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Capital One Sued for Mismanagement of $7.85 Billion 401(k) Plan

On August 1, 2022, Andre Hall and Jermaine Minitee (collectively, “Plaintiffs”) filed a complaint on behalf of themselves and similarly situated class members against Capital One Financial Corporation (“Capital One” or “Defendants”) in the United States District Court for the Eastern District of Virginia.

Capital One is the plan sponsor for the Capital One Financial Corporation Savings Plan (the “Plan”). As of December 31, 2020, the Plan had over 60,000 participants with account balances and assets totaling approximately $7.85 billion, placing it in the top 0.1 percent of all defined contribution plans by plan size.

Plaintiffs, represented by Miller Shah LLP and Tycko & Zavareei LLP, allege that Capital One breached its fiduciary duties to the Plan under the Employee Retirement Income Security Act of 1974 (“ERISA”), a federal statute that protects workers by establishing standards, known as fiduciary duties, to ensure that investments offered to employees are prudently selected and monitored.

Plaintiffs allege that Capital One violated ERISA’s fiduciary requirements by selecting, retaining, and otherwise ratifying poorly-performing investments, instead of offering more prudent alternatives that were readily available throughout the Class Period.

Specifically, Plaintiffs allege that Defendants imprudently selected and retained the BlackRock LifePath Index Funds (“BlackRock TDFs”), a suite of ten Target Date Funds (“TDFs”). [1] Plaintiffs argue that the BlackRock TDFs are “significantly worse performing” than alternatives offered by competing TDF providers. The complaint explains that “the entire suite, bar [one] vintage, ranked in the bottom half among the Comparator TDFs.” Plaintiffs contend that a simple comparison of the BlackRock TDFs to other available TDF suites “would have resulted in the selection of a more consistent, better performing, and more appropriate” suite. Instead, according to Plaintiffs, “as is currently in vogue, Defendants appear to have chased the low fees charged by the BlackRock TDFs without any consideration of their ability to generate return.”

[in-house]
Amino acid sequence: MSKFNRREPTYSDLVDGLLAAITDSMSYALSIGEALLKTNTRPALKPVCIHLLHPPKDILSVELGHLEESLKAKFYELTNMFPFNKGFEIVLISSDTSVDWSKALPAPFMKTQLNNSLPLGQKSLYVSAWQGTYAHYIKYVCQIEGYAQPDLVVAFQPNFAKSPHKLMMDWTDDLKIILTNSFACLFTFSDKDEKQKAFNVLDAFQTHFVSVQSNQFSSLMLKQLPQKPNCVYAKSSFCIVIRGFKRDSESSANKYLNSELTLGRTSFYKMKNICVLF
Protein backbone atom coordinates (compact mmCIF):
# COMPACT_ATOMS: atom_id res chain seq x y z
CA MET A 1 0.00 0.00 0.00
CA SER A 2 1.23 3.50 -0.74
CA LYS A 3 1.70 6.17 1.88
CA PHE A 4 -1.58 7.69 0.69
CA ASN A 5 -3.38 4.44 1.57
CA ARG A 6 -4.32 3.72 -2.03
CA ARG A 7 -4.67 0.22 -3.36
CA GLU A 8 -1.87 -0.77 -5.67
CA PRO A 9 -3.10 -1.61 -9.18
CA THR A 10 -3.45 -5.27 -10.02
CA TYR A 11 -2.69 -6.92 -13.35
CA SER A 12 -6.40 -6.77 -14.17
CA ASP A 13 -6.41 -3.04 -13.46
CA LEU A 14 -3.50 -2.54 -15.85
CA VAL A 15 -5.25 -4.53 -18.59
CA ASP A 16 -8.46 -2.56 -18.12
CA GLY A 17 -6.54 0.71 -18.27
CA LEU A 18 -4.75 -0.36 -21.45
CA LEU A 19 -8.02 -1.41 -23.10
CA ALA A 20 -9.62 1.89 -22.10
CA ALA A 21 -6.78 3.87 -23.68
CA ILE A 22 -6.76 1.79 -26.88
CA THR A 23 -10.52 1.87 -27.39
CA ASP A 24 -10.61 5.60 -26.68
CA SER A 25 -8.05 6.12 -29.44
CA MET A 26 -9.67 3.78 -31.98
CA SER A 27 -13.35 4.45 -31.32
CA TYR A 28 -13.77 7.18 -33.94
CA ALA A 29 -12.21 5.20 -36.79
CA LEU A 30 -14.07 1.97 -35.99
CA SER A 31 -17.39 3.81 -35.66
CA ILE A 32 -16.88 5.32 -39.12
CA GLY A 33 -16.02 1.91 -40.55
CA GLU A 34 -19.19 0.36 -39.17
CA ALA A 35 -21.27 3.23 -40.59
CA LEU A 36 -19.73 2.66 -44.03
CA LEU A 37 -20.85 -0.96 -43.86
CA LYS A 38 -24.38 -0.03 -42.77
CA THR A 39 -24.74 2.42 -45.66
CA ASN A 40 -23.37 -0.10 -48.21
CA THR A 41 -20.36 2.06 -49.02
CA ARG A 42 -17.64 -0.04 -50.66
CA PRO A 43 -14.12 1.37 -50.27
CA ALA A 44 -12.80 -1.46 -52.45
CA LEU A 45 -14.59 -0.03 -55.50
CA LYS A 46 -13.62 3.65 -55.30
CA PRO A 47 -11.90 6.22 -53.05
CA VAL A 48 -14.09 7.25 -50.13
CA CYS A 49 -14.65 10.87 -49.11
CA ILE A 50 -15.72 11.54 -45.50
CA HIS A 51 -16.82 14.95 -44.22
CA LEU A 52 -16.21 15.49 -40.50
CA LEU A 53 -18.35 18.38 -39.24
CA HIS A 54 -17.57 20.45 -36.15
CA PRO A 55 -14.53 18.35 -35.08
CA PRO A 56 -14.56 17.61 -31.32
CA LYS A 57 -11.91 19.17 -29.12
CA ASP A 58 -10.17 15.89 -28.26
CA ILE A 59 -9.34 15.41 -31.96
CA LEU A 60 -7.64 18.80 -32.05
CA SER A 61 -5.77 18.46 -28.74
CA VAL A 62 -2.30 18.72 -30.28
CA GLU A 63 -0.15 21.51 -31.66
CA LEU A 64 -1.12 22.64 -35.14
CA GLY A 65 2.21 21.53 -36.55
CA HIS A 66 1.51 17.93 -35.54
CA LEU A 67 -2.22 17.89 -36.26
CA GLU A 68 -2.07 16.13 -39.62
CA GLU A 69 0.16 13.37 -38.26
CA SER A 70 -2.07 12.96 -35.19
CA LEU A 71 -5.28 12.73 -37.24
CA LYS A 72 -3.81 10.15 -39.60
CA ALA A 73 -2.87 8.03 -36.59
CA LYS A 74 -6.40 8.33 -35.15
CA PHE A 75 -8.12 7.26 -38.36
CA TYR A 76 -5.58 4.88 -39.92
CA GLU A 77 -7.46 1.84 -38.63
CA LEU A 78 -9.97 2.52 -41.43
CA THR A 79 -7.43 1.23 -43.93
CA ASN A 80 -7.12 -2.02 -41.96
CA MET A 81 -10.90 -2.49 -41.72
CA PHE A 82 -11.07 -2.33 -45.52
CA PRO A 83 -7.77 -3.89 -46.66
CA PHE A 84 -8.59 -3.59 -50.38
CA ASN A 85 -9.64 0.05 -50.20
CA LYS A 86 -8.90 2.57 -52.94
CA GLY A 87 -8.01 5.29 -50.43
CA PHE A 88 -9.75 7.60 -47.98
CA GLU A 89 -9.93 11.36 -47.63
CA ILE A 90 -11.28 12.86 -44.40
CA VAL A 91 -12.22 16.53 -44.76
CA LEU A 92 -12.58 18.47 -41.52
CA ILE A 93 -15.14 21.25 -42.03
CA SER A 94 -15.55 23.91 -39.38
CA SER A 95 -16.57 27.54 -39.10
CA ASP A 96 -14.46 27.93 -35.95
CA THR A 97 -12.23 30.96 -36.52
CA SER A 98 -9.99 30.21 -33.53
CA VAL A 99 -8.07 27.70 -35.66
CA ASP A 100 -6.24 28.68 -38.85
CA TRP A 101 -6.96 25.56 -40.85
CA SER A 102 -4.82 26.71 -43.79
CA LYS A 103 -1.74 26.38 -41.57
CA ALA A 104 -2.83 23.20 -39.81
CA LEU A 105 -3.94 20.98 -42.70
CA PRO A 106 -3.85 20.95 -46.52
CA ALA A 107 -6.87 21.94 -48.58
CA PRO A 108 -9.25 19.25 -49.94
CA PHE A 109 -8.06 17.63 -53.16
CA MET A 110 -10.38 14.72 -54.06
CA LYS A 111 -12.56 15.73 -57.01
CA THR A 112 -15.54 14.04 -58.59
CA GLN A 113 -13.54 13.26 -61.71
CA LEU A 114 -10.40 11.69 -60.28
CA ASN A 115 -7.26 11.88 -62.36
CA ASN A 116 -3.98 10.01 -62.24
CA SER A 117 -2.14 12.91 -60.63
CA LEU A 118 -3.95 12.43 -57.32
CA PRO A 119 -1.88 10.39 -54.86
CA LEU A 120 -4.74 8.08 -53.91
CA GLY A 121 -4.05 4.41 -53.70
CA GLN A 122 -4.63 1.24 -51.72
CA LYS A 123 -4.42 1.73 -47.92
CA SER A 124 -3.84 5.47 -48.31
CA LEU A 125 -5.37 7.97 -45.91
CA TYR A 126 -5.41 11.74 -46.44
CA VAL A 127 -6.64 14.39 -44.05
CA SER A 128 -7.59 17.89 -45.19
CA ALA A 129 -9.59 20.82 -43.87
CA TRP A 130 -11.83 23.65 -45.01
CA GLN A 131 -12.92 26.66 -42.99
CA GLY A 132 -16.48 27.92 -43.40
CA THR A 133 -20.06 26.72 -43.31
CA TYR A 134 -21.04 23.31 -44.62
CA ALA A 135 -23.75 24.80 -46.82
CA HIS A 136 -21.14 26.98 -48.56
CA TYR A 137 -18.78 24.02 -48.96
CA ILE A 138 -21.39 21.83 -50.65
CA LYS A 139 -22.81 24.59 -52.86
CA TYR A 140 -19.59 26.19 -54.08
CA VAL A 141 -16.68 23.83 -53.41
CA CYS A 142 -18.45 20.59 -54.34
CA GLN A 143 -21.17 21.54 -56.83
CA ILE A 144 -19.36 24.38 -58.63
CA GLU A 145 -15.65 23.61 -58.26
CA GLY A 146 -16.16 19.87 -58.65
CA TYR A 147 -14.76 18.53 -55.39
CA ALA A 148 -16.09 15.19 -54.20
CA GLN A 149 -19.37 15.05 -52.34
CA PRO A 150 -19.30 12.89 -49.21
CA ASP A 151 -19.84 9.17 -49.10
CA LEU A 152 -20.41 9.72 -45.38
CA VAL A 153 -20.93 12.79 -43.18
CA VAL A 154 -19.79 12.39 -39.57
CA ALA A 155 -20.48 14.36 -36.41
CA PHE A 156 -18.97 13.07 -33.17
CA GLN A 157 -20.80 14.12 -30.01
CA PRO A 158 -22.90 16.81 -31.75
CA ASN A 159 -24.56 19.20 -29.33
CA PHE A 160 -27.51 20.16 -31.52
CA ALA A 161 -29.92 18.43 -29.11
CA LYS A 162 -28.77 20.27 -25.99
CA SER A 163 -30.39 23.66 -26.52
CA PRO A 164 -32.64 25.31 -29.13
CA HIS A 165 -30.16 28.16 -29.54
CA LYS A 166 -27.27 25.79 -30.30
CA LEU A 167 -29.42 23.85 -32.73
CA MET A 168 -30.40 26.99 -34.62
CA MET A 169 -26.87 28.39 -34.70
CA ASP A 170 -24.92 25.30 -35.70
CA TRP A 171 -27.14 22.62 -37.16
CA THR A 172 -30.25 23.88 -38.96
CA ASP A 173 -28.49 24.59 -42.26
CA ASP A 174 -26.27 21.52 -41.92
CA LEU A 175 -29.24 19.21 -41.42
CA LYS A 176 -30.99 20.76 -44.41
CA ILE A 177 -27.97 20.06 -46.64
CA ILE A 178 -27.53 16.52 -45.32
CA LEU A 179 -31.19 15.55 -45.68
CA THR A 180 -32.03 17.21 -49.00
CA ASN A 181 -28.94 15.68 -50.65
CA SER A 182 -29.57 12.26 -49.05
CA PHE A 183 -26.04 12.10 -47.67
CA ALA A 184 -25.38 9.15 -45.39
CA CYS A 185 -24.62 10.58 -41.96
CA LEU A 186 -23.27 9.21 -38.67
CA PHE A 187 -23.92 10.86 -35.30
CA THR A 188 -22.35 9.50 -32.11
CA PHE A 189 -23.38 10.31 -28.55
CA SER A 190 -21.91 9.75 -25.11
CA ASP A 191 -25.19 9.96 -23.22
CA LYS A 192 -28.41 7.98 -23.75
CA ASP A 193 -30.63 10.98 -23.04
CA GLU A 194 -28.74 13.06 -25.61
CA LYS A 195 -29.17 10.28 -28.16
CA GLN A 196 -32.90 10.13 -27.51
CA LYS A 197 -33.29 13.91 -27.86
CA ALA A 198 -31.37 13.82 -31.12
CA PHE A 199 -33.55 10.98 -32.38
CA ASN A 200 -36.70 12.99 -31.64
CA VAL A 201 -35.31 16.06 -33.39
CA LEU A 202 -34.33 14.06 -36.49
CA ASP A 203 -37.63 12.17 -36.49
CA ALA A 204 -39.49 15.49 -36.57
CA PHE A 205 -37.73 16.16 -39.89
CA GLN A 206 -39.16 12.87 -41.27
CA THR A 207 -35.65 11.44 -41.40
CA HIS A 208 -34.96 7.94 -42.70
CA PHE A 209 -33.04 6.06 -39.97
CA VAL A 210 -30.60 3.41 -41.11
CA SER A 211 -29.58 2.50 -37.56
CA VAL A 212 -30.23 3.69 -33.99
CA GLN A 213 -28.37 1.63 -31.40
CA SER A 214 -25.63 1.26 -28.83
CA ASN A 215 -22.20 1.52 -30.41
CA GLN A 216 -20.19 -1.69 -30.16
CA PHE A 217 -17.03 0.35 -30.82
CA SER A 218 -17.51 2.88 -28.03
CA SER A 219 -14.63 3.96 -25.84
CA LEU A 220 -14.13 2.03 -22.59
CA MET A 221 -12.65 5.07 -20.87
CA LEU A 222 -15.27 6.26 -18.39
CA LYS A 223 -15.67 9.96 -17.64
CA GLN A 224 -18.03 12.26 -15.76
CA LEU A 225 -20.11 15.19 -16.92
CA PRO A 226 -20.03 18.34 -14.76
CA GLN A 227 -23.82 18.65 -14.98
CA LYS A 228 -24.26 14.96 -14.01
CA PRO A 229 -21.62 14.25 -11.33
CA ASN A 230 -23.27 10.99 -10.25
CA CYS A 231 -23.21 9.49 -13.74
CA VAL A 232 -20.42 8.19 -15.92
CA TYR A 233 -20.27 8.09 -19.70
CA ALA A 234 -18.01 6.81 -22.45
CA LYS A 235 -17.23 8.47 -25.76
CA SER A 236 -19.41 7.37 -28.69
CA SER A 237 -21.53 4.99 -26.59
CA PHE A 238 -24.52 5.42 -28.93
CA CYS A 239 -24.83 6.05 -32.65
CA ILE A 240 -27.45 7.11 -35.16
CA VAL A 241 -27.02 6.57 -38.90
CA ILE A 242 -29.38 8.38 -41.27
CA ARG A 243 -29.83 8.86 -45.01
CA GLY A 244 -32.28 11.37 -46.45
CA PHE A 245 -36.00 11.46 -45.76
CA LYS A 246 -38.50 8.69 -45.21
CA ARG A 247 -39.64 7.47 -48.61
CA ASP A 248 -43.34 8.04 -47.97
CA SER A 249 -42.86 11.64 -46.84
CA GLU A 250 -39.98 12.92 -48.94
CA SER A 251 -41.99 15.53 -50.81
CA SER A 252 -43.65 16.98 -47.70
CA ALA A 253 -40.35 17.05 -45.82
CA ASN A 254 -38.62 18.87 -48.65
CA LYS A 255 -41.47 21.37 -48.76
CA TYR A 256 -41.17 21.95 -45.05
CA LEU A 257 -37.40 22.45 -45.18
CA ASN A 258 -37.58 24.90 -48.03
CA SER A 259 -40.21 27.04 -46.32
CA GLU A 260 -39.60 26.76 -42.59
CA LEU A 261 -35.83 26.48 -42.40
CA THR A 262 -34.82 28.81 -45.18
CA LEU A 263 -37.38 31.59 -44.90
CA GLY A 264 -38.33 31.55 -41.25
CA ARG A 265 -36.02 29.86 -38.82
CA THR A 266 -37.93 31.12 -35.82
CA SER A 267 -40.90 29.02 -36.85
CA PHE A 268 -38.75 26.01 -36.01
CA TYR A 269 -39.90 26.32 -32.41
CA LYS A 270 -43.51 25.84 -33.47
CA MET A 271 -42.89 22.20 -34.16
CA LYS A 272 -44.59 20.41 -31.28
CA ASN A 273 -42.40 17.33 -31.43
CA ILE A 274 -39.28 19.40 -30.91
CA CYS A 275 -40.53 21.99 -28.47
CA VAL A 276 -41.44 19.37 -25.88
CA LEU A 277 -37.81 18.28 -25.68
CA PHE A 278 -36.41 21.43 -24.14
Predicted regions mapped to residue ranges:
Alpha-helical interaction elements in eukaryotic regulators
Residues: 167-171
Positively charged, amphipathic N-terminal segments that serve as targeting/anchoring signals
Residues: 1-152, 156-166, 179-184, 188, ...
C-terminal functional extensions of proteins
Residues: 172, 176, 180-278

Furthermore, Plaintiffs maintain that Defendants imprudently designated the BlackRock TDFs as the Plan’s Qualified Default Investment Alternative (“QDIA”), the predetermined, automatic investment option for participants who do not indicate a specific fund for their retirement contributions. Plaintiffs argue that since the vast majority of participants are not sophisticated investors, “many, by default, concentrate their retirement assets in TDFs,” magnifying the impact of Defendants’ imprudent decision-making process. Indeed, as of December 31, 2020, over a third of the Plan’s assets were invested in the BlackRock TDFs, resulting in the loss of millions of dollars in potential retirement savings for participants.

Defendants have not yet filed a response to Plaintiffs’ complaint. The Honorable Patricia T. Giles, United States District Judge in the Eastern District of Virginia, is assigned to the case.

Updates will be posted to this blog as the matter progresses. The case caption is Hall et al. v. Capital One Financial Corporation et al., No. 1:22-cv-00857, filed in the Eastern District of Virginia.

The legal team at Miller Shah LLP has extensive experience representing class action matters. If you have any questions regarding this subject or this post, please contact Alec Berin (ajberin@millershah.com) or Anika Keuning (askeuning@millershah.com). The Firm can also be reached toll-free at (866) 540-5505.

[1] TDFs are mutual funds offering an all‐in‐one retirement solution through a portfolio of underlying funds that gradually shifts to become more conservative as the assumed target retirement year approaches.

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